Philippines cuts pork tariffs to address supply shortage

MANILA, April 7 (Reuters) - Philippine President Rodrigo Duterte on Wednesday reduced pork import tariffs as the government seeks to address a domestic shortage by ramping up purchases from abroad.

The Southeast Asian country, the world’s seventh-biggest pork importer before local demand fell due to the pandemic, plans to import roughly 400,000 tonnes of pork this year, more than double the 162,000 tonnes planned earlier.

The pork shortfall, due to African Swine Fever outbreaks, has pushed local meat prices higher, causing inflation to shoot up and stay above the central bank’s full-year target band of 2% to 4% in the first quarter.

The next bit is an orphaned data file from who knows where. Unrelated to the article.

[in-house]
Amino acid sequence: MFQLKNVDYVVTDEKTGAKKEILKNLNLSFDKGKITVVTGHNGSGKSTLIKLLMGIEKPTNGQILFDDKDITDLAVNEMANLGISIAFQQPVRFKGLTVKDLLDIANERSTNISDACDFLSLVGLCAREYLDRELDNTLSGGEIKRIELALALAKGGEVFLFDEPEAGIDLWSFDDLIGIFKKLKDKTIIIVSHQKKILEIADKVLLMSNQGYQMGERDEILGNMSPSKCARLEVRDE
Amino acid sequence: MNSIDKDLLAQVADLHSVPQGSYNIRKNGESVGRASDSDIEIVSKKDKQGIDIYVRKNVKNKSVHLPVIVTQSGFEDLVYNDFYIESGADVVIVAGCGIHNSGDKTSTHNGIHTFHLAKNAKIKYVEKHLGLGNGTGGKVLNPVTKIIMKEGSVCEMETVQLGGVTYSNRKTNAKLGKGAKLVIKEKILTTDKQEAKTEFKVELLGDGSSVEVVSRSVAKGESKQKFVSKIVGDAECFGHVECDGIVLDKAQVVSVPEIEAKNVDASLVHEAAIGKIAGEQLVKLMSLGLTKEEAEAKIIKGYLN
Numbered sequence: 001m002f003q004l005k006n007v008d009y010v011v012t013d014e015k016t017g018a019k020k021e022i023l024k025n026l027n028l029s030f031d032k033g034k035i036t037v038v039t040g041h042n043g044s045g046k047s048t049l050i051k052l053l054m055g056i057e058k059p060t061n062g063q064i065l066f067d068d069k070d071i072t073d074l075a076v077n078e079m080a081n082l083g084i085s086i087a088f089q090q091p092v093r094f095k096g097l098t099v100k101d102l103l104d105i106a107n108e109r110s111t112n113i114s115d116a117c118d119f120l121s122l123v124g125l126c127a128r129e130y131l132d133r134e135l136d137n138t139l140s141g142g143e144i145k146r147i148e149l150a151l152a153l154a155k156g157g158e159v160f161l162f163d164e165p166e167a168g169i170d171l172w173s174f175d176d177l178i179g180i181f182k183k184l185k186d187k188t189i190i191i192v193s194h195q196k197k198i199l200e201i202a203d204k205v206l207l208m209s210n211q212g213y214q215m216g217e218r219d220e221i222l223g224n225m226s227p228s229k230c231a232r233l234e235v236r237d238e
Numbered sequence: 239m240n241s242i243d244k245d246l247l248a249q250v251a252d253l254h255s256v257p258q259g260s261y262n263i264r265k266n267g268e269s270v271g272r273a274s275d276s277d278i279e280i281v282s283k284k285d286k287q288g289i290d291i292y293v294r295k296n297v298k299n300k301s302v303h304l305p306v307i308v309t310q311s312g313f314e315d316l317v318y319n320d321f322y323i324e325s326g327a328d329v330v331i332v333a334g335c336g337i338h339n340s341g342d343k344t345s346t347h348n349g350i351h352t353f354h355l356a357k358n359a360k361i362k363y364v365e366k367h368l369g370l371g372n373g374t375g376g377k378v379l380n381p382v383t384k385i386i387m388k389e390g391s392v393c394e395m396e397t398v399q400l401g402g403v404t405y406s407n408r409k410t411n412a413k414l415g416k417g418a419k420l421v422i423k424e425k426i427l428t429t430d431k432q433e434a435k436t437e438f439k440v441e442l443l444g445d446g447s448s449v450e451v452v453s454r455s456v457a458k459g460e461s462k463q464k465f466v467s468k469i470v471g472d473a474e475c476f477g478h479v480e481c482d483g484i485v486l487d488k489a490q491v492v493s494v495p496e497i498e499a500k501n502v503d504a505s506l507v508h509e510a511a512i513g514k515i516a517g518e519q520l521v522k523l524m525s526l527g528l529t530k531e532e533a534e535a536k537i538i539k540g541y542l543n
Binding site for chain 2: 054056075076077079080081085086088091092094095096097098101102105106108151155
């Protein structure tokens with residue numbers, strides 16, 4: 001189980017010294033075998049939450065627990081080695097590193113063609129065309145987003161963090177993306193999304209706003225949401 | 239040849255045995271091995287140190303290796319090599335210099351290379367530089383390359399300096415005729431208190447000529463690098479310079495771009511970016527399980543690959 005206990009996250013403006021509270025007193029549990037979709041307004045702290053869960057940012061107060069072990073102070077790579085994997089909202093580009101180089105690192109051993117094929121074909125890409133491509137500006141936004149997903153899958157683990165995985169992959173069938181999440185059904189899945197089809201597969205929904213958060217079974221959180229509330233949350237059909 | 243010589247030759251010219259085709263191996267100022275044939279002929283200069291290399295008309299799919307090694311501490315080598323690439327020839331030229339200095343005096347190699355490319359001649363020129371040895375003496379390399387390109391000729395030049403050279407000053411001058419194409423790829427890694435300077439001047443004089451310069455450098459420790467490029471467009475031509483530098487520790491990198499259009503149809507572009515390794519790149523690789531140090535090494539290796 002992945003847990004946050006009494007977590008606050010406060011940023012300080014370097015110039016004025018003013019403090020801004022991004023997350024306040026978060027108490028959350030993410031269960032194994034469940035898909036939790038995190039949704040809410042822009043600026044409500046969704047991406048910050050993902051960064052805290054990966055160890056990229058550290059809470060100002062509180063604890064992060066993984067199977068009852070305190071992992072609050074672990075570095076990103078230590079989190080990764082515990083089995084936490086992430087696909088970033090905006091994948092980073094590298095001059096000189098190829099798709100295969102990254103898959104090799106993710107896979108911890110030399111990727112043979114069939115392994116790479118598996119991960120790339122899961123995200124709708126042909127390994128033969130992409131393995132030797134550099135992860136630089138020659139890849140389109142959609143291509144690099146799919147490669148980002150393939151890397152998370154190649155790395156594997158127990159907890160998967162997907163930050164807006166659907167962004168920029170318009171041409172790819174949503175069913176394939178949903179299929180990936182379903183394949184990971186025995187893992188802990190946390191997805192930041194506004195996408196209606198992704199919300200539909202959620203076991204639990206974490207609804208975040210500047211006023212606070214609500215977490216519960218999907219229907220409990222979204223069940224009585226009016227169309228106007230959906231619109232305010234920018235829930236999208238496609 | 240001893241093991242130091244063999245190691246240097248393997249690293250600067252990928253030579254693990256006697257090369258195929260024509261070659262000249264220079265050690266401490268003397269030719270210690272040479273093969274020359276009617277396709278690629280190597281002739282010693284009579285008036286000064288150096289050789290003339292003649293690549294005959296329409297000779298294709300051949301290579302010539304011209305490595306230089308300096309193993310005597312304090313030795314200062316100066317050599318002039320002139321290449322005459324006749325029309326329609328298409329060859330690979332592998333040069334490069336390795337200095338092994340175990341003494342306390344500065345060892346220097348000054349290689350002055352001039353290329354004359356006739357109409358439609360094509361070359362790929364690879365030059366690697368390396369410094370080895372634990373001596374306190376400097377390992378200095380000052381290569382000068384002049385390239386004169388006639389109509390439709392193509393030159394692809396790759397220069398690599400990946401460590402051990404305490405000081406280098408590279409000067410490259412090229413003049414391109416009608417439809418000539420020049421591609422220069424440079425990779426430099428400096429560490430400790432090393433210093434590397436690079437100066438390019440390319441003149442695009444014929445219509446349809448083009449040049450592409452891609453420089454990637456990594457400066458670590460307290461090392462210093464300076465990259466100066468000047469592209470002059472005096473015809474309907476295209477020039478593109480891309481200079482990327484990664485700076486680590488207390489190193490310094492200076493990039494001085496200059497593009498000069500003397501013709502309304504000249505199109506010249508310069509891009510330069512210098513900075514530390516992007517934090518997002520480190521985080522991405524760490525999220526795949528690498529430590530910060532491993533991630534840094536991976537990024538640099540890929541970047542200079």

“There is an urgent need to temporarily reduce the Most Favoured Nation (MFN) tariff rates on fresh, chilled or frozen meat of swine to address the existing pork supply shortage, stabilise prices of pork meat, and minimise inflation rates,” Duterte said in an executive order.

The order cuts the tariff for pork imports during the first three months it is effective to 5% from 30% currently, and to 10% during months four to 12.

For pork imports outside the quota scheme, the tariff will drop to 15% during the first three months from 40% currently, and to 20% for the remainder of the 12-month period.

Philippine pork production is estimated to have dropped 20% last year as the highly infectious African Swine Fever disease prompted the culling of more than 300,000 pigs, or about 3% of the hog population, based on government data.

Aside from increasing pork imports, the government is embarking on a massive pig repopulation programme to boost domestic meat supply.

Reporting by Enrico Dela Cruz; Editing by Kirsten Donovan